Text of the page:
MS-64 Grade Wheat Penny Example

Perfect example of an MS-64 Wheat Penny that has been graded accordingly. Read this page to learn more about what specifications are required to make the MS-64 graded. Based off the Sheldon grading scale.

MS64 Wheat Cent Example (Obverse) (Source)
MS-64 Wheat Cent Example (Obverse) (Source)

A penny graded MS-64, or Mint State 64, is a coin that falls within the Sheldon Coin Grading Scale, a system developed by Dr. William Sheldon in 1949. The scale ranges from 1 (Poor) to 70 (Perfect), with MS60 to MS70 representing uncirculated or “mint state” coins.

An MS64 condition penny exhibits the following characteristics:

  1. Uncirculated: The coin has not been in general circulation and, therefore, has not experienced wear from regular use.
  2. Original mint luster: The coin retains a majority of its original mint luster, giving it a desirable shine and appearance.
  3. Fewer contact marks: While the coin may have some contact marks or small scratches from contact with other coins, these imperfections are limited and not overly distracting. They may be more noticeable on the high points or in the open fields of the coin’s surface.
  4. No major blemishes: The coin does not have any significant blemishes, deep gouges, or heavy abrasions that would negatively impact its overall eye appeal.
  5. Adequate strike: The coin’s design elements, including the obverse and reverse, should be well-struck and well-defined. The MS-64 grade, however, may allow for some minor softness or weakness in the strike.
  6. Toning: An MS64 penny may exhibit some natural toning, which is a color change that occurs due to chemical reactions between the metal and its environment. This toning can range from light to dark and can be a mix of colors. In some cases, it might enhance the coin’s appeal, while in others, it may detract slightly from its visual attractiveness.
  7. Overall Presentation: An MS-64 graded penny is considered a choice uncirculated coin, meaning it is a quality example of a coin in its uncirculated state. While it may have some minor imperfections, these do not significantly impact the coin’s overall visual appeal or value.
#2 “original mint luster” / “attractive and vibrant appearance”
#3 “some contact marks or small scratches from contact with other coins”

Grading A Wheat Cent Yourself

Grading a wheat penny involves examining its condition and assigning it a grade on the Sheldon Scale, which ranges from 1 to 70. Here are the steps required to grade a wheat penny:

  1. Clean the penny: Use a soft cloth to clean the penny gently. Do not use any harsh chemicals or abrasive materials, as they can damage the coin’s surface.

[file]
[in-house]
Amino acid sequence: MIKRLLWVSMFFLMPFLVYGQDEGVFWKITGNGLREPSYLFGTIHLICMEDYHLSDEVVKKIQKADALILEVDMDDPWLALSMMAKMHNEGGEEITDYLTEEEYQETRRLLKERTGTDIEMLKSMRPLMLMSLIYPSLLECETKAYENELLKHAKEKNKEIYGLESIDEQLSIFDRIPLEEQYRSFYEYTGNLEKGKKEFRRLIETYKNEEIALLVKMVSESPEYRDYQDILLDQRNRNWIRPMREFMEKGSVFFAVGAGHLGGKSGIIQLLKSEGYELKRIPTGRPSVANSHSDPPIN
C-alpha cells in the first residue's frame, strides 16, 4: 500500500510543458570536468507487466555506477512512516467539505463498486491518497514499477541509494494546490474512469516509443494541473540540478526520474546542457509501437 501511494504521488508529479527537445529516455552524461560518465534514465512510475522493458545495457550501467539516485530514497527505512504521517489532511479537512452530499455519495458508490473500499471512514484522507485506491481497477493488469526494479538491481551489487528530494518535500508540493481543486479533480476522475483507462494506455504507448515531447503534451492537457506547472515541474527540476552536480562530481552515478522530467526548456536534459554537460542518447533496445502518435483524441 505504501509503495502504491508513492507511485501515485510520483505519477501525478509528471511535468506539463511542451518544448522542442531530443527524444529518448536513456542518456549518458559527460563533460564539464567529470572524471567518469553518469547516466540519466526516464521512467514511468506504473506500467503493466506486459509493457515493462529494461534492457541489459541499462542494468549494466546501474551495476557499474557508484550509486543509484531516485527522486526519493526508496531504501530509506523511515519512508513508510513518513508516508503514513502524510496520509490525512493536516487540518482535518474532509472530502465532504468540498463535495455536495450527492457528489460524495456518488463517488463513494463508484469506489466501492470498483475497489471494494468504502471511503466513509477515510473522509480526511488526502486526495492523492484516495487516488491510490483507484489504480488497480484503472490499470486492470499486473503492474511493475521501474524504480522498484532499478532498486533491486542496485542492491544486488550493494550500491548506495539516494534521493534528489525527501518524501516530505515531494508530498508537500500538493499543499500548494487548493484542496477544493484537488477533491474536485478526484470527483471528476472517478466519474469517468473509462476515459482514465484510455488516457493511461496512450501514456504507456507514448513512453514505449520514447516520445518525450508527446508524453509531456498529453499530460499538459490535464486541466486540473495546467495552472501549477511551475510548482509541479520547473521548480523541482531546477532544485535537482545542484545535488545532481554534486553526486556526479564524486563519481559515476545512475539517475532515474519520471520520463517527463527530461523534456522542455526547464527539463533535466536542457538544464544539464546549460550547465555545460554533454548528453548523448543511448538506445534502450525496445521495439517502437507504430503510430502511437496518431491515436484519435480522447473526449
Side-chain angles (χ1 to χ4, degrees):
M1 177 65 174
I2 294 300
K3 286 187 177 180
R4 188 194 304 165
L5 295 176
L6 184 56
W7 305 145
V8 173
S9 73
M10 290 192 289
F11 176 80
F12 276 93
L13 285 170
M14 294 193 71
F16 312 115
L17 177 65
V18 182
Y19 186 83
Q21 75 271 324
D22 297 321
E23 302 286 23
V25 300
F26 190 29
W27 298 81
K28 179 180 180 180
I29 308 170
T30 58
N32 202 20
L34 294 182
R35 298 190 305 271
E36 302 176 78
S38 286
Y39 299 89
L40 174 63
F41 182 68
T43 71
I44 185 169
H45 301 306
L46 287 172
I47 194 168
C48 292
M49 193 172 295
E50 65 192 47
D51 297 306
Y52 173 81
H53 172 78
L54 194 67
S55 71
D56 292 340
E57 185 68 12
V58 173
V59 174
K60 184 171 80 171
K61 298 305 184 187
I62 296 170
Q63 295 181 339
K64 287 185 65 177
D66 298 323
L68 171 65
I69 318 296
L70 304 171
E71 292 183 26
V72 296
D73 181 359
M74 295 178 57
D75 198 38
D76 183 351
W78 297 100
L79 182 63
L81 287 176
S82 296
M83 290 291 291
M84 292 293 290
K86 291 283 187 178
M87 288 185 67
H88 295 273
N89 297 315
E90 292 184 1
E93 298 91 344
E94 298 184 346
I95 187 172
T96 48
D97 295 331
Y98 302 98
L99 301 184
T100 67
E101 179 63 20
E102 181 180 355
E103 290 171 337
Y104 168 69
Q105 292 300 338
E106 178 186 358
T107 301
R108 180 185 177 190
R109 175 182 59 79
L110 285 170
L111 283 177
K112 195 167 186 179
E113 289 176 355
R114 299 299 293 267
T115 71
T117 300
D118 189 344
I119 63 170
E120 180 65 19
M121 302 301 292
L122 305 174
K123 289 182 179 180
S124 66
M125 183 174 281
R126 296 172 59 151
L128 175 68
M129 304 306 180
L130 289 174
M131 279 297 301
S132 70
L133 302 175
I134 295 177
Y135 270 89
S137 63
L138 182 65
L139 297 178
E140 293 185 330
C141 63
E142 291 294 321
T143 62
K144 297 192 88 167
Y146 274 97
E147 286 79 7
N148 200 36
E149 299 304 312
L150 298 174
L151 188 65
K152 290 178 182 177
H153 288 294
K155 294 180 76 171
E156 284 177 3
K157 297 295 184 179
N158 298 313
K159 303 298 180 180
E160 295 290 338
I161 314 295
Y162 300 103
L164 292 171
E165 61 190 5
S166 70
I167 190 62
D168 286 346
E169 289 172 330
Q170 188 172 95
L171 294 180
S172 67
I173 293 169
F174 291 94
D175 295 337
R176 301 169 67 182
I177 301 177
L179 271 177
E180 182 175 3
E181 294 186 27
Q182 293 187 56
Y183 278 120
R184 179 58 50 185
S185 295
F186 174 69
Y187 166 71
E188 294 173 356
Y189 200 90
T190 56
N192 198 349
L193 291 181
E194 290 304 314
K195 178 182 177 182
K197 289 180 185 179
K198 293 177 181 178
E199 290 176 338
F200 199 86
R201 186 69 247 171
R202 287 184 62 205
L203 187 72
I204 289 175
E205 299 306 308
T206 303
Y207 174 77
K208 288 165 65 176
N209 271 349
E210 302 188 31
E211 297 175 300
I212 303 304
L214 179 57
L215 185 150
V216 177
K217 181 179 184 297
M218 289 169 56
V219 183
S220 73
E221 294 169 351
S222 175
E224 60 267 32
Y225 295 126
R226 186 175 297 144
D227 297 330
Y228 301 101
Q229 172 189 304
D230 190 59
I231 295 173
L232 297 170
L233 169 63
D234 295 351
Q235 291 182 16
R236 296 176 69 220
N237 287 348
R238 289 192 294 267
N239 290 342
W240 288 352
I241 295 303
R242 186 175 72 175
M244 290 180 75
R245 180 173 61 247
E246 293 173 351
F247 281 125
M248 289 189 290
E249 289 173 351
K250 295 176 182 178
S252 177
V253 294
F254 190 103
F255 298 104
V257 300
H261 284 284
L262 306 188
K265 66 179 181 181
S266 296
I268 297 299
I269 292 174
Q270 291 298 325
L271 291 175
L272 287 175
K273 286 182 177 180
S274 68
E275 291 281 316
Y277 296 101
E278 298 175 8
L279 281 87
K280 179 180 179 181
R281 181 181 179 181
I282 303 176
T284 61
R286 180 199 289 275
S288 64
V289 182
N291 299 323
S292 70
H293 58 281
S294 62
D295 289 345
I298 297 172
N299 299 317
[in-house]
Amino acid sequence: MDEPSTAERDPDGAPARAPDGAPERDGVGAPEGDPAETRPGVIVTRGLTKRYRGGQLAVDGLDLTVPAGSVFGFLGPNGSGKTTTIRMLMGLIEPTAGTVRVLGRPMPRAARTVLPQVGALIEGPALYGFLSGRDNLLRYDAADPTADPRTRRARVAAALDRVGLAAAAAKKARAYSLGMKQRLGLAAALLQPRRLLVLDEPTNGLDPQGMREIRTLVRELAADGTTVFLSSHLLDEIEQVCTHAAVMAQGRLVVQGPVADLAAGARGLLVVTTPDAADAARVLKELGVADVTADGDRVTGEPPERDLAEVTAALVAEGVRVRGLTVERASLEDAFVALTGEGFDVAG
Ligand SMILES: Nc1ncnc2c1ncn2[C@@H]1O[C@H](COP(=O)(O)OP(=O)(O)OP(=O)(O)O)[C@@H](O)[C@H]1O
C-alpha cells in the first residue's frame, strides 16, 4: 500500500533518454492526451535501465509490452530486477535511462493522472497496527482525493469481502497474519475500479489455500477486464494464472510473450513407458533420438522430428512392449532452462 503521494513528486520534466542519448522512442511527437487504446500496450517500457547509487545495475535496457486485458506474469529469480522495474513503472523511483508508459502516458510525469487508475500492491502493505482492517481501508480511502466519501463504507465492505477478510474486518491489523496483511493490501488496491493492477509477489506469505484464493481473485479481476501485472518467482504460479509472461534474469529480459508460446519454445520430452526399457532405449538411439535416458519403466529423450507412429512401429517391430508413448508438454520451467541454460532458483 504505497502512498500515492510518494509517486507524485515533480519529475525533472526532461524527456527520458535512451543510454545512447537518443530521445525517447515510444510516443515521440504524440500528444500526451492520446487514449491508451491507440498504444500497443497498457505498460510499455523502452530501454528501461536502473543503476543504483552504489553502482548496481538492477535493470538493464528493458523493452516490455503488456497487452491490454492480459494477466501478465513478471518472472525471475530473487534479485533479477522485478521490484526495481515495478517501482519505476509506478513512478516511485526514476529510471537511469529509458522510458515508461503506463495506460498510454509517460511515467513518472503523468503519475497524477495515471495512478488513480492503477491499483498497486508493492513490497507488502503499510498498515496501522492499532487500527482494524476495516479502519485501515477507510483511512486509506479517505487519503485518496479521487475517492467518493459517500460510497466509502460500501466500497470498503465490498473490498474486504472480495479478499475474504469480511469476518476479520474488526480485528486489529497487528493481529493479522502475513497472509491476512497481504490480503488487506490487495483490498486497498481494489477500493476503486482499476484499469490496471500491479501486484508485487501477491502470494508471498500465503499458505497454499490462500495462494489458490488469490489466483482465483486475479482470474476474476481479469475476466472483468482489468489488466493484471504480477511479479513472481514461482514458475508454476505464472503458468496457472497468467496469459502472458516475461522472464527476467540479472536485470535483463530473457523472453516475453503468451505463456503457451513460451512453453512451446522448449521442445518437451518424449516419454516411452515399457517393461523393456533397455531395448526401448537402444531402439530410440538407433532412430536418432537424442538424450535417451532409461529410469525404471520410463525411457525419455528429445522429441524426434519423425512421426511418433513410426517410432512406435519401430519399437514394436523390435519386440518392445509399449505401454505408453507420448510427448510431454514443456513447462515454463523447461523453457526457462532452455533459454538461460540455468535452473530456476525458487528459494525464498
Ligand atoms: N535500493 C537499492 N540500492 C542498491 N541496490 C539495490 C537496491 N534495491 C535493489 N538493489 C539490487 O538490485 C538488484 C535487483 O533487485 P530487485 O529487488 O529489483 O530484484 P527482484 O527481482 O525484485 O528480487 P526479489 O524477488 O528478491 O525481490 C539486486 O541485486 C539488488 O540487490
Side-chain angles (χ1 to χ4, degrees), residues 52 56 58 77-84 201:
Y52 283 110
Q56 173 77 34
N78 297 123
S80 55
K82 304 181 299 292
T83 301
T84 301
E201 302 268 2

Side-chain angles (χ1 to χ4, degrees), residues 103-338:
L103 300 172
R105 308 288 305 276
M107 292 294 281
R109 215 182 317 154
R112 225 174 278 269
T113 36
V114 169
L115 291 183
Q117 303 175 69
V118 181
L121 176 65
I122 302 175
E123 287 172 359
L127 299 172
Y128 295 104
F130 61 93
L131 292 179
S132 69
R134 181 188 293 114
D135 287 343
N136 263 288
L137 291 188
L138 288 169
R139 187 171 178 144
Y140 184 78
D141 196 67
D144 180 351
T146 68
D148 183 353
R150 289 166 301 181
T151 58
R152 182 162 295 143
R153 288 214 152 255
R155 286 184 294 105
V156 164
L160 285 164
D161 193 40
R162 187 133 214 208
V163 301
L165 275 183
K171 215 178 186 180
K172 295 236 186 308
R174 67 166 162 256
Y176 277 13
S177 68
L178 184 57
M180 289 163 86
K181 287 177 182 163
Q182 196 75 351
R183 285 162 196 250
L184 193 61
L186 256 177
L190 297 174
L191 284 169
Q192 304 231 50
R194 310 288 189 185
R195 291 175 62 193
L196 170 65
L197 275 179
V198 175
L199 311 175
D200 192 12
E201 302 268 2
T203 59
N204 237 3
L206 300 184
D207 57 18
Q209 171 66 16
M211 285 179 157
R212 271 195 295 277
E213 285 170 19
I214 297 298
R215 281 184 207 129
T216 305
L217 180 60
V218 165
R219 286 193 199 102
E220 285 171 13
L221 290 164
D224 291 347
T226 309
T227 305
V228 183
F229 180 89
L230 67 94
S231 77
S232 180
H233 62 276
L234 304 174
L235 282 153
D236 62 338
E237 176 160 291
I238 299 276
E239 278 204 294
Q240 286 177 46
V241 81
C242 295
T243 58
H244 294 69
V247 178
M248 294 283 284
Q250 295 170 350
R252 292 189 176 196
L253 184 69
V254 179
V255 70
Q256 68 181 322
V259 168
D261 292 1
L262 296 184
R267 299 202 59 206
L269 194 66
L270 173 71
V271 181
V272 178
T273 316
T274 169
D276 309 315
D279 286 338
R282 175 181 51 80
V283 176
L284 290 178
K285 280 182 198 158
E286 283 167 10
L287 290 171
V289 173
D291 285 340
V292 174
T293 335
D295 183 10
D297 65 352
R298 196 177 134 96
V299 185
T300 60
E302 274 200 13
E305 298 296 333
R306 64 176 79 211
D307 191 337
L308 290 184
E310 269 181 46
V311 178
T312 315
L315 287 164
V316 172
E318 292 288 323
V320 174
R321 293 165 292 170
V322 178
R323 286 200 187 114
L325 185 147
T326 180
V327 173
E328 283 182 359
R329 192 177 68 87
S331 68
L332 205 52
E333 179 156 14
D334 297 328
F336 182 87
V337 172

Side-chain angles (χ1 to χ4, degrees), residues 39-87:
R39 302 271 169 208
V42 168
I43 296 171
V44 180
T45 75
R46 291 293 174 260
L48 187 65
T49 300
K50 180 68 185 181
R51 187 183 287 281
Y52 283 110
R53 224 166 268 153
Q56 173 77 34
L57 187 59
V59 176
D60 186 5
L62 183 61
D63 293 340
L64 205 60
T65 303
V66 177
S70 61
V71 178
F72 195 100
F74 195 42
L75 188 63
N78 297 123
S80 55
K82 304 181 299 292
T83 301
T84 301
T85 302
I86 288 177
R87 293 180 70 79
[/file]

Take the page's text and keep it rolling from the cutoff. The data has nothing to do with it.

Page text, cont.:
2. Examine the coin: Look at both sides of the coin under a bright light and magnifying glass to check for any damage or wear. Some things to look for include scratches, nicks, dents, discoloration, and signs of corrosion.
  3. Determine the coin’s grade: Based on the coin’s condition, assign it a grade on the Sheldon Scale. Here is a breakdown of the scale:
  • Poor (PO-1) – the coin is heavily worn and may be barely recognizable
  • Fair (FR-2) – some details are visible, but the coin is heavily worn
  • About Good (AG-3) – more details are visible, but the coin is still heavily worn
  • Good (G-4 to G-6) – the coin has some details visible, but the high points are worn down
  • Very Good (VG-8 to VG-10) – most of the details are visible, but the coin is still somewhat worn
  • Fine (F-12 to F-15) – all details are visible, but the coin has some wear
  • Very Fine (VF-20 to VF-30) – the coin has minor wear, but all details are clear
  • Extremely Fine (EF-40 to EF-45) – the coin has light wear and all details are sharp
  • About Uncirculated (AU-50 to AU-58) – the coin has slight wear, but still retains most of its original luster
  • Uncirculated (MS-60 to MS-70) – the coin has no wear and retains its original luster
  1. Record the grade: Once you have determined the coin’s grade, record it for future reference.

Grading a wheat penny takes practice and experience, so it is important to be patient and thorough when examining the coin’s condition. It is also important to handle the coin with care, as even small scratches or fingerprints can affect its value.

Grading By A Third Party

Having a wheat penny graded by a third-party grading service involves the following steps:

  1. Choose a grading service: Research and choose a reputable third-party grading service. Examples include Professional Coin Grading Service (PCGS), Numismatic Guaranty Corporation (NGC), and Independent Coin Graders (ICG).
  2. Submit the coin: Fill out the submission form provided by the grading service and send the coin, along with the appropriate fee, to the grading service’s office. Most grading services allow you to submit coins in person or by mail.
  3. Wait for grading: The grading service will examine the coin using a standardized grading process and assign it a grade on the Sheldon Scale. This process typically takes a few weeks to a few months, depending on the grading service and level of service selected.
  4. Receive the graded coin: Once the coin has been graded, the grading service will return it to you along with a certificate of authenticity that includes the coin’s grade and other relevant information.
  5. Store or sell the coin: Once you have received the graded coin and certificate, you can choose to keep it in your collection or sell it based on its grade and market value.

Submitting a coin to a third-party grading service can be a good way to ensure that the coin is accurately graded and to increase its value for potential buyers. However, it is important to choose a reputable grading service and to be aware of the associated fees and wait times.